Monday, April 16, 2007


What Matt says here. The injustice suffered by the Duke Lacrosse players is one that is possible to suffer if you are upper or middle class white, but one that you are very unlikely to suffer. But it seems to me that this is part and parcel with the similar view that has been shaping our foreign policy for years. A large part of the population (largely overlapping the group Matt is talking about) believe that the United States is barely able to survive against a great force of enemies that is almost overwhelming us at every turn. That the United States is constantly being abused and mistreated by the world and that we rarely ever get anything we want, we rarely get our way. People who believe that Newt Gingrich's view that the United States today is very much like Washington at Valley Forge is just about right.

The fact is that citizens of the United States, and in particular middle-class or more prosperous white male ones, live it a state of such awesome security as has scarcely been imaginable to any other humans in the history of mankind. Our security is not absolute, not perfect, but it is unparalleled and great. Yet a large fraction of our populace is in a constant lather that this extraordinary state of security is not enough, and must be augmented at whatever cost to other people (generally people whose state of security is less than that of those who are complaining.) To someone of my outlook (and apparently to Matt's as well) this is absurd.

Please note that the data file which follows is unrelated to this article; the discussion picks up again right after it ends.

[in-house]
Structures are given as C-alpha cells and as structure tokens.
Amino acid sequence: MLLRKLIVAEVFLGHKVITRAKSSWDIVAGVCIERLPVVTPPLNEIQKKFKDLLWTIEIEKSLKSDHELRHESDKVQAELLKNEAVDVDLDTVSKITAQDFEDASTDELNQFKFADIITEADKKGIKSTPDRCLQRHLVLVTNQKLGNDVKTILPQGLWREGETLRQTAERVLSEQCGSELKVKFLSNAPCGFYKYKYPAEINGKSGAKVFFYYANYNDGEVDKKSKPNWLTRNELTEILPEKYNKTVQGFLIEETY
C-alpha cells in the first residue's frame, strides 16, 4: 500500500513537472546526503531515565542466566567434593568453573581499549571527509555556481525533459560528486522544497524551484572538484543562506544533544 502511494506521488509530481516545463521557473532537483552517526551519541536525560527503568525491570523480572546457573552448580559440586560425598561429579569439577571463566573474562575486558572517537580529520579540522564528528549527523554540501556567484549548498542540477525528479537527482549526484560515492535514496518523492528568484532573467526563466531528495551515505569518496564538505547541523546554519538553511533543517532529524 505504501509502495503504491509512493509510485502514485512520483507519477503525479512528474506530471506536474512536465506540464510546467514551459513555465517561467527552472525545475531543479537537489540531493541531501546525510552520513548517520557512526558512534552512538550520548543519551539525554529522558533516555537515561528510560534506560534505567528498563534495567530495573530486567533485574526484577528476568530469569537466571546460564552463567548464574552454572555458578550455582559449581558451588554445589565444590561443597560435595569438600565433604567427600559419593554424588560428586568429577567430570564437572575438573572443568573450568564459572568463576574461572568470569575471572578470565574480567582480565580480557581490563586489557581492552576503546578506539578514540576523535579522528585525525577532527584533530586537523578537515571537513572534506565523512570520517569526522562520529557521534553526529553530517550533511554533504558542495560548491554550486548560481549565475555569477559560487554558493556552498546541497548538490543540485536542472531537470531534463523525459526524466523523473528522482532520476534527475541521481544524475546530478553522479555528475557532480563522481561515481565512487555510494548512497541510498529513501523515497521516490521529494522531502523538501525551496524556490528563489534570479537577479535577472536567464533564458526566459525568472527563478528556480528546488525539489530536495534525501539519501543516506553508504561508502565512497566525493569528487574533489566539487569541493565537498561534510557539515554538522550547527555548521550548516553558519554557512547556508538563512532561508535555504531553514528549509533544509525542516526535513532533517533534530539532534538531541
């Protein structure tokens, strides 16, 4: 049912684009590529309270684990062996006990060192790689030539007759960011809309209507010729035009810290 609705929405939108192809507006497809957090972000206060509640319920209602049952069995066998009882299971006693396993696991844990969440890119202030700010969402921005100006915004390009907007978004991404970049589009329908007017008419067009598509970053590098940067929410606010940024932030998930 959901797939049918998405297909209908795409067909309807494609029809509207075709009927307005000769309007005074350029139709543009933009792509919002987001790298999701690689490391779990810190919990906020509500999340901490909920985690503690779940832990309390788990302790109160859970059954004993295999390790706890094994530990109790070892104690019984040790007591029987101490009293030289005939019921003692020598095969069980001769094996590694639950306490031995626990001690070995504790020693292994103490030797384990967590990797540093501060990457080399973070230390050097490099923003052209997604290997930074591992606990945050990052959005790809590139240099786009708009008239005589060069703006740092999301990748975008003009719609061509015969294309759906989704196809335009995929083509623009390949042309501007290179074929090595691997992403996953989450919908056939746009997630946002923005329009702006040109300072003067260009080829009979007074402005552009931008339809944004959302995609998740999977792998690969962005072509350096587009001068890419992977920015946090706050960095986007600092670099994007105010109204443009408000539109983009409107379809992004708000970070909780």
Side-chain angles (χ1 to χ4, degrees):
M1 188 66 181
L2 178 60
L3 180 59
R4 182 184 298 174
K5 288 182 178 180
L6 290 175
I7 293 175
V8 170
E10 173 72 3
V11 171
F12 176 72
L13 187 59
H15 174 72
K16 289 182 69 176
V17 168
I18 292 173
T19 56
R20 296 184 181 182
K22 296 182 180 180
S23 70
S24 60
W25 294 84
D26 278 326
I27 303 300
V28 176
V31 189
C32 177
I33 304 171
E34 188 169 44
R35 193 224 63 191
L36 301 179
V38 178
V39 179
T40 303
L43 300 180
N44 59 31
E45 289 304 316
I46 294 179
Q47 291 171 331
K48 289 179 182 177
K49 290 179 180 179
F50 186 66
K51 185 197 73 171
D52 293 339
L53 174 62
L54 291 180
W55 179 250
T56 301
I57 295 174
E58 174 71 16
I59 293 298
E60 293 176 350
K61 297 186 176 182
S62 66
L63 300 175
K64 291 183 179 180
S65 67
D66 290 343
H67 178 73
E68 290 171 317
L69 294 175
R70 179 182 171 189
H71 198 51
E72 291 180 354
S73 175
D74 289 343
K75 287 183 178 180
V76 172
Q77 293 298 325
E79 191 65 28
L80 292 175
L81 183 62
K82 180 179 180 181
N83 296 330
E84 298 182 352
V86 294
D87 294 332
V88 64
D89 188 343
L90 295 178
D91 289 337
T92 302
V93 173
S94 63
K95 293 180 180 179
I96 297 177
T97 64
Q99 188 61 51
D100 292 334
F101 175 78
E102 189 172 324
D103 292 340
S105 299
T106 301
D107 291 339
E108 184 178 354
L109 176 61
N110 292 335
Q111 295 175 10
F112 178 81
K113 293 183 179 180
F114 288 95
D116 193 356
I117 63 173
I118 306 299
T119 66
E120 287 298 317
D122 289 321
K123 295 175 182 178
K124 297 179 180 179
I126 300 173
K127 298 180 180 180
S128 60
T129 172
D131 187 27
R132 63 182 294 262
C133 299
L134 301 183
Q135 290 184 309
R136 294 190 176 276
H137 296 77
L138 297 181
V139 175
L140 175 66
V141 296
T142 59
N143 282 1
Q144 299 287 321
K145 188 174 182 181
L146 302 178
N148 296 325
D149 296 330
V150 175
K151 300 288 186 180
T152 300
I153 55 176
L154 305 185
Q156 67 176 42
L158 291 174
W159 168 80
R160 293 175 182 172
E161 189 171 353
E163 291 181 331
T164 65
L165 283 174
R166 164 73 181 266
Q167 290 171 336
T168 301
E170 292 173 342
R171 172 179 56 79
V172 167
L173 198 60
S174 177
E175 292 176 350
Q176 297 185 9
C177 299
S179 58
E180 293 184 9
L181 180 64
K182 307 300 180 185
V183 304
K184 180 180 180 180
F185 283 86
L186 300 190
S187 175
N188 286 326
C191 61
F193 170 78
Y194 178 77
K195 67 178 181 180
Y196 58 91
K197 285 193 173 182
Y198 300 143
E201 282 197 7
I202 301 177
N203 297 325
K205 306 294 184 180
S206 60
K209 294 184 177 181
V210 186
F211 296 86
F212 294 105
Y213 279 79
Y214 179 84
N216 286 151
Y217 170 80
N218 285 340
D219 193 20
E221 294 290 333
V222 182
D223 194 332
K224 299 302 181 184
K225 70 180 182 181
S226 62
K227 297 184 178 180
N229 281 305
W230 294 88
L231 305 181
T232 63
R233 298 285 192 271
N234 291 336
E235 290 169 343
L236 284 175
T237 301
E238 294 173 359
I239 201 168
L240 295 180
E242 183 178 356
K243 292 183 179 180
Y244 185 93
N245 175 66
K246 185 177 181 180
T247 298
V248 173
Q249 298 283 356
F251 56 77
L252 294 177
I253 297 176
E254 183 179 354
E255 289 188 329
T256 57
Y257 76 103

The expectation of absolute security is impossible. It cannot be realized and we each need to recognize that we might face harm or ruin through no fault of our own. We need to make the system as fair and just as possible and we need to fix problems that are uncovered. But we also need to be able to face the possibility of personal harm with courage. For one thing, the ability to face danger with courage is one of the most powerful tools a people can have for overcoming enemies. In other words, a willingness to face danger decreases the need to do so. A paradox I know, but the nature of the world nonetheless. Or from another perspective, if we display to the world that we can only function if we are guaranteed absolute security, then we look weak, very weak.

It is also the case that to improve the security of any one group to absolute security we would have to reduce the security of some other group. Indeed that is what we do. As Matt points out the kind of mistreatment that the Duke Lacrosse player's faced is faced regularly by poorer and minority folks all the time. But such disparities are unjust and serve to erode confidence in our legal system and thus reduce the security it can provide. In other words such shifting of security to a favored group serves to provide a short term increase (or perhaps only ever the illusion of an increase) in security, but in the long term weakens us all.

We, as a nation, particularly those of us in a position of comfort and relative safety, need to get away from listening to the Victor Davis Hanson's of the world, recognize our high degree of security, embrace courage, and work to make others more secure and worry far less about our own safety.

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